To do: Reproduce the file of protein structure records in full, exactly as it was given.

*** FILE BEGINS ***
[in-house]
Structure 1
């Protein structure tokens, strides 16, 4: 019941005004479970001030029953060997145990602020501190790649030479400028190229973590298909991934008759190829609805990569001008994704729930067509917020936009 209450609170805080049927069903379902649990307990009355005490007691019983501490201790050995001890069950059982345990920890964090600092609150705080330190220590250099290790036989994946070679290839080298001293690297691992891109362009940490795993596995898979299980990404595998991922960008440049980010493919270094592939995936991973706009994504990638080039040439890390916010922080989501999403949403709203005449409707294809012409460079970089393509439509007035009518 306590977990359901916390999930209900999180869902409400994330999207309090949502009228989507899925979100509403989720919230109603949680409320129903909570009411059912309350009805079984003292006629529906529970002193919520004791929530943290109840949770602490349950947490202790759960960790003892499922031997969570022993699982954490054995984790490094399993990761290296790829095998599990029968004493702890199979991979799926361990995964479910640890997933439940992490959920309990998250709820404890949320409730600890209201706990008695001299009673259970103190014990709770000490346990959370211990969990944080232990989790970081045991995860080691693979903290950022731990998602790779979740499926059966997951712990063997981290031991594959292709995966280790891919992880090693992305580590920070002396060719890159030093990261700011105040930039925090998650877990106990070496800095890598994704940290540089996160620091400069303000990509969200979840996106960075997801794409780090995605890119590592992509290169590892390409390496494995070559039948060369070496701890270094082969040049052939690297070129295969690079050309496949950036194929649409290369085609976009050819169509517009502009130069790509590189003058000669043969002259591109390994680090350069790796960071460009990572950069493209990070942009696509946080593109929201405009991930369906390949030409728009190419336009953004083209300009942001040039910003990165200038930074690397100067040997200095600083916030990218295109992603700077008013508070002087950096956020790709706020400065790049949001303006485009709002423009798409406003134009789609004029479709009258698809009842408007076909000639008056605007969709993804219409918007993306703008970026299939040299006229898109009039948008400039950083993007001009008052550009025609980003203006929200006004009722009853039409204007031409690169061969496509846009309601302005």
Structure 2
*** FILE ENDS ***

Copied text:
[in-house]
Structure 1
């Protein structure tokens, strides 16, 4: 019941005004479970001030029953060997145990602020501190790649030479400028190229973590298909991934008759190829609805990569001008994704729930067509917020936009 209450609170805080049927069903379902649990307990009355005490007691019983501490201790050995001890069950059982345990920890964090600092609150705080330190220590250099290790036989994946070679290839080298001293690297691992891109362009940490795993596995898979299980990404595998991922960008440049980010493919270094592939995936991973706009994504990638080039040439890390916010922080989501999403949403709203005449409707294809012409460079970089393509439509007035009518 306590977990359901916390999930209900999180869902409400994330999207309090949502009228989507899925979100509403989720919230109603949680409320129903909570009411059912309350009805079984003292006629529906529970002193919520004791929530943290109840949770602490349950947490202790759960960790003892499922031997969570022993699982954490054995984790490094399993990761290296790829095998599990029968004493702890199979991979799926361990995964479910640890997933439940992490959920309990998250709820404890949320409730600890209201706990008695001299009673259970103190014990709770000490346990959370211990969990944080232990989790970081045991995860080691693979903290950022731990998602790779979740499926059966997951712990063997981290031991594959292709995966280790891919992880090693992305580590920070002396060719890159030093990261700011105040930039925090998650877990106990070496800095890598994704940290540089996160620091400069303000990509969200979840996106960075997801794409780090995605890119590592992509290169590892390409390496494995070559039948060369070496701890270094082969040049052939690297070129295969690079050309496949950036194929649409290369085609976009050819169509517009502009130069790509590189003058000669043969002259591109390994680090350069790796960071460009990572950069493209990070942009696509946080593109929201405009991930369906390949030409728009190419336009953004083209300009942001040039910003990165200038930074690397100067040997200095600083916030990218295109992603700077008013508070002087950096956020790709706020400065790049949001303006485009709002423009798409406003134009789609004029479709009258698809009842408007076909000639008056605007969709993804219409918007993306703008970026299939040299006229898109009039948008400039950083993007001009008052550009025609980003203006929200006004009722009853039409204007031409690169061969496509846009309601302005």
Structure 2